They believed Jesus was the Messiah - the one sent by God to save the world. They spoke of Jesus as "Immanuel" - God with us, as a human being. For an orthodox Jewish believer like Saul, this was blasphemous. Claiming to be God was sinful beyond imagination. Furious at these scandalous claims, Saul made it his personal mission to round up as many of Jesus' followers as possible, and bring them to Jerusalem to be tried. In his misguided intent to be faithful to God, he became one of the fiercest opponents of what God was doing through the church, and Christians of the time were frightened at the very sound of his name.

That is what makes his conversion so remarkable. He wasn't preparing himself to meet Christ. He wasn't a religious seeker in pursuit of the truth. He wasn't in search of a new way of knowing God. He wasn't committed to re-evaluating his own beliefs and discovering something new. Instead, he was convinced of his own convictions. He was determined to correct (even punish) any who disagreed with him. He stood with his feet firmly planted in his own worldview, unwilling to compromise on even the smallest of theological matters.

Yet despite his zealous adherence to the beliefs he had embraced, God was able to turn his life around. (It's amazing what being knocked off your horse by lightening can accomplish...) Before long, the shoe would be on the other foot. It would now be Paul (as he was renamed) who was the recipient of persecution and imprisonment. It would now be Paul who had to decide what to do when his beliefs called him to stand up against the religious and political forces of the time.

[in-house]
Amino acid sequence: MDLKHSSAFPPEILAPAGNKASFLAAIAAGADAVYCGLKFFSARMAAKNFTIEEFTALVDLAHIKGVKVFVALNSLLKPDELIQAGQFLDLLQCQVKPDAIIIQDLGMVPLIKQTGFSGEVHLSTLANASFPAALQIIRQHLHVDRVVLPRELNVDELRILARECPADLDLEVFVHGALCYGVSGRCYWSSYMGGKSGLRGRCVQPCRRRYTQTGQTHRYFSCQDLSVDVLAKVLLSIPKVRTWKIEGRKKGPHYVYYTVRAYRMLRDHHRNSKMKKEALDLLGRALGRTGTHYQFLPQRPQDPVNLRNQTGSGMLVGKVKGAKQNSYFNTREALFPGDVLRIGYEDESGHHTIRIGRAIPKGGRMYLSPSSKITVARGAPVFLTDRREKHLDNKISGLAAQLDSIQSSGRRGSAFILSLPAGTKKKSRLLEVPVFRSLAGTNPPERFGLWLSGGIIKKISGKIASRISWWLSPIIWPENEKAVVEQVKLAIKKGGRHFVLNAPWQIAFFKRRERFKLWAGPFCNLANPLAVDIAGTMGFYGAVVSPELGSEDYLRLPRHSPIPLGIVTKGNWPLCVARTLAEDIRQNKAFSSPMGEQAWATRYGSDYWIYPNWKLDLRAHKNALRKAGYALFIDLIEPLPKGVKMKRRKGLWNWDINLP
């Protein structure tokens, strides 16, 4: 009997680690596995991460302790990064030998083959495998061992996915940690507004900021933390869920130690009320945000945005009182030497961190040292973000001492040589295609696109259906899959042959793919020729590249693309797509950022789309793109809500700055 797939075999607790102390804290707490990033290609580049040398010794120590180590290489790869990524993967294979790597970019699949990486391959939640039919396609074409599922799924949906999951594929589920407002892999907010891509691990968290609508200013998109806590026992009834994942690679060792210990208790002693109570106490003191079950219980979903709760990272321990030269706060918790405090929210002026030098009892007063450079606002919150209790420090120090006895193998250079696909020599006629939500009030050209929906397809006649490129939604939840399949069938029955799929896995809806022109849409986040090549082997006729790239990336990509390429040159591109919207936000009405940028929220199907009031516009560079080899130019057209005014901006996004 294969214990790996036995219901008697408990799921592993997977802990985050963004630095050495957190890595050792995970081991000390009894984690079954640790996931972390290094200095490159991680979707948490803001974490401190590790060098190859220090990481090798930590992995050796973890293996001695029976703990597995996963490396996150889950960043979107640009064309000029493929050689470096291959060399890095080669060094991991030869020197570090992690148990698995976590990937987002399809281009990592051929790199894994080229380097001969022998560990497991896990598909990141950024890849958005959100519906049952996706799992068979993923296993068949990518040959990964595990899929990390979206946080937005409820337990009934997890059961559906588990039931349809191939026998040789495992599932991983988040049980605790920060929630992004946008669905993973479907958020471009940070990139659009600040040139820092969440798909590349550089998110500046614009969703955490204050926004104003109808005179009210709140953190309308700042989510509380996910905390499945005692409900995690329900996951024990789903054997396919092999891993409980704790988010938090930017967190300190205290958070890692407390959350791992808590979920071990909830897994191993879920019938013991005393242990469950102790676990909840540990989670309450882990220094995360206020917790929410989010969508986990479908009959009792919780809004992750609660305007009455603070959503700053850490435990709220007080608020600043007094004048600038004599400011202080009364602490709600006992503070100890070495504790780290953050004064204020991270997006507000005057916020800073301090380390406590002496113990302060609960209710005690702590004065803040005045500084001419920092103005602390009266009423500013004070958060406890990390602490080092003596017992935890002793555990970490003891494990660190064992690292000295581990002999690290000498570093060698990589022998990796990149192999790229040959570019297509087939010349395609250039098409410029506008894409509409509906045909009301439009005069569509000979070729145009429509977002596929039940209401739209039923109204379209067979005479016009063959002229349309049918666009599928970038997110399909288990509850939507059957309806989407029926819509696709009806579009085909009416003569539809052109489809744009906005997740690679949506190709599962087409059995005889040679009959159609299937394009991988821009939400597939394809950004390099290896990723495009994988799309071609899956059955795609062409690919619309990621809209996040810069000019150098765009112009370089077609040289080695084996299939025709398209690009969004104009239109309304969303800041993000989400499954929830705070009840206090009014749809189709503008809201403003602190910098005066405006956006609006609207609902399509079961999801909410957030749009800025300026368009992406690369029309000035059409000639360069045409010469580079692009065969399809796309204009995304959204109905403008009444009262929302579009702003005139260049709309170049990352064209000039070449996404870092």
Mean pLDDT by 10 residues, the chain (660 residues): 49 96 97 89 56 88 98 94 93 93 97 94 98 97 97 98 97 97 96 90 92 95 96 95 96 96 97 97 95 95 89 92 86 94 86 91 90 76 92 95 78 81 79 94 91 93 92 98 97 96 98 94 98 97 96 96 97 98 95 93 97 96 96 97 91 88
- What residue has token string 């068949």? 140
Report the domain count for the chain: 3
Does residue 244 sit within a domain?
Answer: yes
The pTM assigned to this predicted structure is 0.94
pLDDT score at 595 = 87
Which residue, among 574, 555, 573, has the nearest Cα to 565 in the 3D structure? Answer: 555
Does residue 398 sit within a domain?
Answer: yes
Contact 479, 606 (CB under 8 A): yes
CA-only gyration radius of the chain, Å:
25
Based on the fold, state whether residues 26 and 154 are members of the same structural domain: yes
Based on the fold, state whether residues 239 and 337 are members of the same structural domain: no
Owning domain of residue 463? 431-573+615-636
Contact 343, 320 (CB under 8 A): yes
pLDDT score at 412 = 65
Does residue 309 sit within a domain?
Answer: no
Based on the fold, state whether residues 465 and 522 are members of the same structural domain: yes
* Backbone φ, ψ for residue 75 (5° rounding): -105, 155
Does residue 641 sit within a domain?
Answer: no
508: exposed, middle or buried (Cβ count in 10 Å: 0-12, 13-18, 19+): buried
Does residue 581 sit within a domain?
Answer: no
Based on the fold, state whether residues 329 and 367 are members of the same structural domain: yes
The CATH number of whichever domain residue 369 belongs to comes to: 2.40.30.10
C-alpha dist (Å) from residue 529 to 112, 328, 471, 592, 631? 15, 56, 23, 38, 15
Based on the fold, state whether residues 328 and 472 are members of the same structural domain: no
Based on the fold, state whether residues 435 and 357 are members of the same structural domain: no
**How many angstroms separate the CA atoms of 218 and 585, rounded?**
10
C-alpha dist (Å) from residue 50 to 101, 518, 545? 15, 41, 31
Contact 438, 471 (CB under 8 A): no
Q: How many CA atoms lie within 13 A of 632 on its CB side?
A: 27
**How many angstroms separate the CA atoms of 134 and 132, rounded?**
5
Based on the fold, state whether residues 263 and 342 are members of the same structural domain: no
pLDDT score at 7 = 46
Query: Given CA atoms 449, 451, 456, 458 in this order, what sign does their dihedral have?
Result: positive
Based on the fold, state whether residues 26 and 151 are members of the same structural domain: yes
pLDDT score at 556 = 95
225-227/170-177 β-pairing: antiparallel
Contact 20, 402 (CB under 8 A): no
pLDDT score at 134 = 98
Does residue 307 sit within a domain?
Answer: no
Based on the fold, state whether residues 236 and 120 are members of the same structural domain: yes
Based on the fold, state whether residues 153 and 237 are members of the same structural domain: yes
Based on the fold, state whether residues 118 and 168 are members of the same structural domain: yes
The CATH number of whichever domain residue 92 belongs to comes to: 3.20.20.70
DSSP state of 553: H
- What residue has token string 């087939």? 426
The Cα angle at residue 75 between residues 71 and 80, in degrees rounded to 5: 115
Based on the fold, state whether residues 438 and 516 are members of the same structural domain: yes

The very words that once encouraged his opponents became his own source of strength. Jesus taught his followers that hard times would come. Jesus taught his followers that they would have to stand up against the most powerful forces of the world in order to stay faithful to him. Jesus taught his followers not to give in to fear: he would be their strength. He would give them words. He would fill them with wisdom. He would make it possible for them to see their time of persecution transformed into a time of witness. Those words became a source of strength and hope for Paul too - and empowered him to persevere in a ministry that could have otherwise destroyed him.

They will arrest you and persecute you and bring you to trial. They will betray you (even those close to you). They will kill some of you. You will be hated because of your faith. With these words, Jesus spelled out a future that his followers could never have imagined. But his words were also words of hope. These hard times would become opportunities to witness - opportunities to display their faithfulness to him. His strength would become their strength, and nobody was a better example of that than the Apostle Paul.

David J. Risendal, Pastor  (January 20, 2009)

Exploring This Week's Gospel:

  • Why was Saul so determined to oppose Jesus' earliest followers?
  • How did God break through that kind of thinking?
  • What was Paul able to accomplish, once God turned him in a new direction?

Connecting with This Week's Gospel:

  • What beliefs and convictions am I absolutely certain about?
  • What would it be like to learn that I was wrong about one of them?
  • How might I keep myself open to the possibility that God might transform me in as dramatic a way as was the case for Saul?